One method is called supply chain attacks in which hackers exploit vulnerabilities within a manufacturer or vendor to gain access to the product before it goes out into the world. This allows them to compromise all components of a product (or multiple products) at the same time instead of having to target each one individually. For example, imagine if criminals bought thousands of routers from different places around the world and found security vulnerabilities in as many as they could. They would then write malware which targets those flaws and give it to operatives who can use these routers to hack into the target network without the administrators knowing, making this a potent espionage tool .
Supply chain attacks are just one method of compromising critical infrastructure but other types exist. For example, there was a recent intrusion against a power plant in New York City where attackers used spear phishing emails with attached malicious documents which gave them access to the system . With all of this said, it's important for organizations everywhere to recognize their digital footprint and use appropriate cyber security practices so that no adversary has any advantage over them at any time.
Transparency is crucial because adversaries will always seek out vulnerabilities wherever they exist. In that regard it's not only the responsibility of companies producing critical infrastructure to take active steps in protecting their networks, it's also the responsibility of these companies' customers to hold them accountable when they fail. By stalling on regulation or refusing to act altogether, government officials are showing that they don't always have an interest in protecting individuals who use their services. After all, once cyber security is so poor that intrusions happen regularly then people will become even less engaged because voting for representatives who support laws that promote better protection won't matter since there won't be any elections anyway if the machinery used to administer elections itself has been compromised by malicious actors.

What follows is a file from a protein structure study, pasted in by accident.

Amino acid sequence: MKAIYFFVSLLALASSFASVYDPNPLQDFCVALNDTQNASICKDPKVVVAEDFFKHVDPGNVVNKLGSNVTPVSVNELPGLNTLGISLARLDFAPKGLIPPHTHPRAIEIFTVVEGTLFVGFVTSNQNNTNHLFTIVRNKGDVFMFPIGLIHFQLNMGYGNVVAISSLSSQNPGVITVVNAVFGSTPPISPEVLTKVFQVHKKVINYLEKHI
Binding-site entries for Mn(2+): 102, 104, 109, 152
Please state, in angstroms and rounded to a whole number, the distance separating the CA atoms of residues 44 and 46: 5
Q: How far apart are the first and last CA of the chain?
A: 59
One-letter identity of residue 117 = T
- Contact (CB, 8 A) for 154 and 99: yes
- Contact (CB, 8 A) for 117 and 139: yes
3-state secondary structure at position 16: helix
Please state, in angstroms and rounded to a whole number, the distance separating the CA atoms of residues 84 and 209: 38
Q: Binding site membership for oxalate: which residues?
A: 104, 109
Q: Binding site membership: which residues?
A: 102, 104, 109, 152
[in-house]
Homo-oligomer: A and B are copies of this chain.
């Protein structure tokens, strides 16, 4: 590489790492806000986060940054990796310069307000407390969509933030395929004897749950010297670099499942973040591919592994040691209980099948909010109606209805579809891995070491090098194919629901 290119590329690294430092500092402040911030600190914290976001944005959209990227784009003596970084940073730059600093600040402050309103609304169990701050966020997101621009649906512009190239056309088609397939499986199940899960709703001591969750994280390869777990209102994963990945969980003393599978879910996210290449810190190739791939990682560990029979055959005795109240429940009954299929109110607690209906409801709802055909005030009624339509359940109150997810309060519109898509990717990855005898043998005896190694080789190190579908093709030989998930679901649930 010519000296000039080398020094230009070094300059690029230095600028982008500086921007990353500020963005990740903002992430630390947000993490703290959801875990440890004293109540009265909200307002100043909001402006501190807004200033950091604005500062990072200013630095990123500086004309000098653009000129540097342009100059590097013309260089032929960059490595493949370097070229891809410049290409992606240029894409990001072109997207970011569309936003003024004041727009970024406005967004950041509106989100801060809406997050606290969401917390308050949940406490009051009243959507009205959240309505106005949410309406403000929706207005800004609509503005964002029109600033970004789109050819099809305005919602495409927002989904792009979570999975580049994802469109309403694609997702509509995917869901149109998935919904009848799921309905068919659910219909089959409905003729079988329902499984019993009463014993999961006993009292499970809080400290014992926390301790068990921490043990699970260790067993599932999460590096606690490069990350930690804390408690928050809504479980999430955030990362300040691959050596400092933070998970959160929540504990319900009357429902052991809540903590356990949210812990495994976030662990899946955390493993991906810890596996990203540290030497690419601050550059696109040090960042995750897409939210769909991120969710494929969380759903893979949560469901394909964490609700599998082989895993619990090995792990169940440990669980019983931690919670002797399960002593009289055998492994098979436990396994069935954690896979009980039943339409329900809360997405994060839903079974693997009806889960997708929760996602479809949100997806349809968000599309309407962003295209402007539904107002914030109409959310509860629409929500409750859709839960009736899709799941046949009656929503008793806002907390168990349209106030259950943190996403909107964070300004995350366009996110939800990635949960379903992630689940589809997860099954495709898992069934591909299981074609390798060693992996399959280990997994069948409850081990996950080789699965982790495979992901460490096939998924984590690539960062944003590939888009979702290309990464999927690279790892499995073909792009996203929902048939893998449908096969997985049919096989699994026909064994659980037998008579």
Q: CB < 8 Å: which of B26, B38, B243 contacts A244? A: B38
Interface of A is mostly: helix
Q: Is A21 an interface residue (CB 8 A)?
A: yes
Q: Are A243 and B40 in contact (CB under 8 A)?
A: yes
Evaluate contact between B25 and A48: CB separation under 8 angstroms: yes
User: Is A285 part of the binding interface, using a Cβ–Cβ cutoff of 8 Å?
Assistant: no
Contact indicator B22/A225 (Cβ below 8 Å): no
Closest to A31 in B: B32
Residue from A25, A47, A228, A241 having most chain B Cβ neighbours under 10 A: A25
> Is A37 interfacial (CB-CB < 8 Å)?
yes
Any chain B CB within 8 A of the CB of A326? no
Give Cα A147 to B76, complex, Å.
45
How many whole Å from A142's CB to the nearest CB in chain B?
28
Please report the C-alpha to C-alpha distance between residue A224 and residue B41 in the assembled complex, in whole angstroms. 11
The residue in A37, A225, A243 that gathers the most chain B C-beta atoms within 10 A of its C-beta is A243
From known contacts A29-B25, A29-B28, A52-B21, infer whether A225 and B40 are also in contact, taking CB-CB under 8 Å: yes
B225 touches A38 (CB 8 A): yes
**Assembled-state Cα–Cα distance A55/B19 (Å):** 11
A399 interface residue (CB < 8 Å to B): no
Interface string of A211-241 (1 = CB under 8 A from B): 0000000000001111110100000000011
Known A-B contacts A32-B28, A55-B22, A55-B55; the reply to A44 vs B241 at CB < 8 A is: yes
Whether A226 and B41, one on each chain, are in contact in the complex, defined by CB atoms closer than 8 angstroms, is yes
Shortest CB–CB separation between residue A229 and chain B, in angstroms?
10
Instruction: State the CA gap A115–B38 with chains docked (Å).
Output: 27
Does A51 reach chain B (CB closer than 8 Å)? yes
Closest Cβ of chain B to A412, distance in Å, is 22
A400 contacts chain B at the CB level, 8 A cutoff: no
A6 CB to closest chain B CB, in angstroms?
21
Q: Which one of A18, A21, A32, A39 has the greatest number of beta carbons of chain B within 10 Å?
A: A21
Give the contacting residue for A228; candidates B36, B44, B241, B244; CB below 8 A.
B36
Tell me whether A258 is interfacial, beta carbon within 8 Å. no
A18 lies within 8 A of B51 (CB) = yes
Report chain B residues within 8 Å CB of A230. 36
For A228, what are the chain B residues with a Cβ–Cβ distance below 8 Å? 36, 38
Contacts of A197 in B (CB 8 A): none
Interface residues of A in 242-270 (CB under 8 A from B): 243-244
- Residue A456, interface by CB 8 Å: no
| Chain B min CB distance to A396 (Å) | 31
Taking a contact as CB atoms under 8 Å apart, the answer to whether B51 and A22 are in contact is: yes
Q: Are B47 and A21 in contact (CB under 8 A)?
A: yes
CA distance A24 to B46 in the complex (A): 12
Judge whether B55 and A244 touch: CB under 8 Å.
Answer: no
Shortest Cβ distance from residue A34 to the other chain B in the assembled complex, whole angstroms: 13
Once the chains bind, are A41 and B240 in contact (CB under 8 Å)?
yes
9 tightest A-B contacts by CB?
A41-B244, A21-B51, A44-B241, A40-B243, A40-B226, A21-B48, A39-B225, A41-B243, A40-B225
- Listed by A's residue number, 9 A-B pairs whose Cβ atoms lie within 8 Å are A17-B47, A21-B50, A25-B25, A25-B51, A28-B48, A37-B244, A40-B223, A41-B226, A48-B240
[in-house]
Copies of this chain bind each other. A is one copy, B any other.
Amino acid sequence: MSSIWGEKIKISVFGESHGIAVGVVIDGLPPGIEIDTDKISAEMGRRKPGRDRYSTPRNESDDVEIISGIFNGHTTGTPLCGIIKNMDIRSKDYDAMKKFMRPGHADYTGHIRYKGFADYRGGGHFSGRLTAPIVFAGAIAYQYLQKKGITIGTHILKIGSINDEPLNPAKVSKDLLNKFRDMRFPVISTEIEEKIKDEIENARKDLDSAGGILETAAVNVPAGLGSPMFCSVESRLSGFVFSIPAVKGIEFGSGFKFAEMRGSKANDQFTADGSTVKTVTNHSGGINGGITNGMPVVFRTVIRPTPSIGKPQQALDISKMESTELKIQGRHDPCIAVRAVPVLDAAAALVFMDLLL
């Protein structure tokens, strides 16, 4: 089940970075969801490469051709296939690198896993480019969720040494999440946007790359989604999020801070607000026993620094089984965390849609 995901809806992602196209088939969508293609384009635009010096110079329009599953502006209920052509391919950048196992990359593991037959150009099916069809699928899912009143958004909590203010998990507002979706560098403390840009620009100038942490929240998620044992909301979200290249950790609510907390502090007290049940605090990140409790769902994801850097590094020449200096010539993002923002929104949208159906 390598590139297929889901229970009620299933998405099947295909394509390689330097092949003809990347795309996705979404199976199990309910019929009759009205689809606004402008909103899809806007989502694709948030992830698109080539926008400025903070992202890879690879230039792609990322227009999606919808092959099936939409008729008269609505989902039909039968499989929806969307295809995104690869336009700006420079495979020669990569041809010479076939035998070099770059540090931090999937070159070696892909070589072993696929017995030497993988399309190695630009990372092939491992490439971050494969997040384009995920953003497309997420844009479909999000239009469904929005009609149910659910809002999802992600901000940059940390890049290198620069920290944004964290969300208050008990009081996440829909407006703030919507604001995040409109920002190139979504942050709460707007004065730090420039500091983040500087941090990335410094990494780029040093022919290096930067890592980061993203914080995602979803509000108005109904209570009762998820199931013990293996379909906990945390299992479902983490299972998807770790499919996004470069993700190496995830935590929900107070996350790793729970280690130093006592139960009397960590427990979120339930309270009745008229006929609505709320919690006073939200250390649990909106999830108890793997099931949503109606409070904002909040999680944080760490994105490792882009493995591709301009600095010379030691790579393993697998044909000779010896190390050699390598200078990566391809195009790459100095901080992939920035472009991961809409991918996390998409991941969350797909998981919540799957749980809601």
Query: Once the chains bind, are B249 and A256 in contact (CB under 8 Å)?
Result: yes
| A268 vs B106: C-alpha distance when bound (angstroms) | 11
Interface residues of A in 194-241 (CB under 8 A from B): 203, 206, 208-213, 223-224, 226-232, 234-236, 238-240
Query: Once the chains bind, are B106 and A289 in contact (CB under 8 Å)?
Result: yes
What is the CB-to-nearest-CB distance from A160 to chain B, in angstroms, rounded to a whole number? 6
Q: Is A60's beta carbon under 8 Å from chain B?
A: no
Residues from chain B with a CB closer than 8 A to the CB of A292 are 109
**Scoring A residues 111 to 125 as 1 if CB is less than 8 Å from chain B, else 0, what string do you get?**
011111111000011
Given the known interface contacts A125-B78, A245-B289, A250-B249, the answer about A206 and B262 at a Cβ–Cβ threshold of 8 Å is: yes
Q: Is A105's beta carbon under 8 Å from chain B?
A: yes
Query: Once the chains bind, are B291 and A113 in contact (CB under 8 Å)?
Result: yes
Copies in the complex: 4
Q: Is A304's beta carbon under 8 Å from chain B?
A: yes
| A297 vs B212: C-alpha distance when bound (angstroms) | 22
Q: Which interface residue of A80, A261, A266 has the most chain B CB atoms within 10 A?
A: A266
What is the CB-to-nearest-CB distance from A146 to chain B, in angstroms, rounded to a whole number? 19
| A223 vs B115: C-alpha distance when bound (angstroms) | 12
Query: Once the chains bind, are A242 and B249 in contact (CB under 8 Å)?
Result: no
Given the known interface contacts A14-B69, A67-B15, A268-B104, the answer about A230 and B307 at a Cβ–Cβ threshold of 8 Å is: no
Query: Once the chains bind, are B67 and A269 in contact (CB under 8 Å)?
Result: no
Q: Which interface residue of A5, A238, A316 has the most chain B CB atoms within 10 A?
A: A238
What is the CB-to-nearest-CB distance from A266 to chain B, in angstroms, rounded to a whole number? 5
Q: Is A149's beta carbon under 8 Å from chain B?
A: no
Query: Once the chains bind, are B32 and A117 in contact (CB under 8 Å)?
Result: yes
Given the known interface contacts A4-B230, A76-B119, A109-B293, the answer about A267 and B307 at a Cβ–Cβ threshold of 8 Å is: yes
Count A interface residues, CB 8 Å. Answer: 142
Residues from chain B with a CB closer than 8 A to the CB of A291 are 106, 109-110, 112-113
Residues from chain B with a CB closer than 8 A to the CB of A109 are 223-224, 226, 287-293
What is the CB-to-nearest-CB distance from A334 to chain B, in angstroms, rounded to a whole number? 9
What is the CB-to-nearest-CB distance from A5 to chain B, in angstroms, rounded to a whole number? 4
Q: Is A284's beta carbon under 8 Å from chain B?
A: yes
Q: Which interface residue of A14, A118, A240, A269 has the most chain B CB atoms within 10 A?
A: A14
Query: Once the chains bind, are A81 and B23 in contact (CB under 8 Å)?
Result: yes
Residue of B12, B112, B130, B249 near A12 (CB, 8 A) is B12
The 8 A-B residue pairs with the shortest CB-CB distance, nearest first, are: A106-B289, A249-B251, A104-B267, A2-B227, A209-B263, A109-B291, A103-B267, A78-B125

It's not just criminals and pro-democracy activists who should care about digital threats. Everyone should because all infrastructure is vulnerable.
If cyber security was so important to government officials then the United States itself wouldn't have been hacked by anyone with even rudimentary training in basic offensive techniques. If digital threats were taken seriously, internet users would be able to enjoy the same rights online as they have offline which they currently don't because of legislation that works against their interests. Legislation like SOPA , CISPA , and any others that threaten our rights needlessly will come with great costs since it will take away freedoms online just as effectively as if a physical bill passed restricting them offline.
SHe is a graduate of Akdeniz University, Department of Business Administration. She graduated from the university with a faculty degree. It has contributed to its environment with its social responsibility project. She writes articles about business and its fields.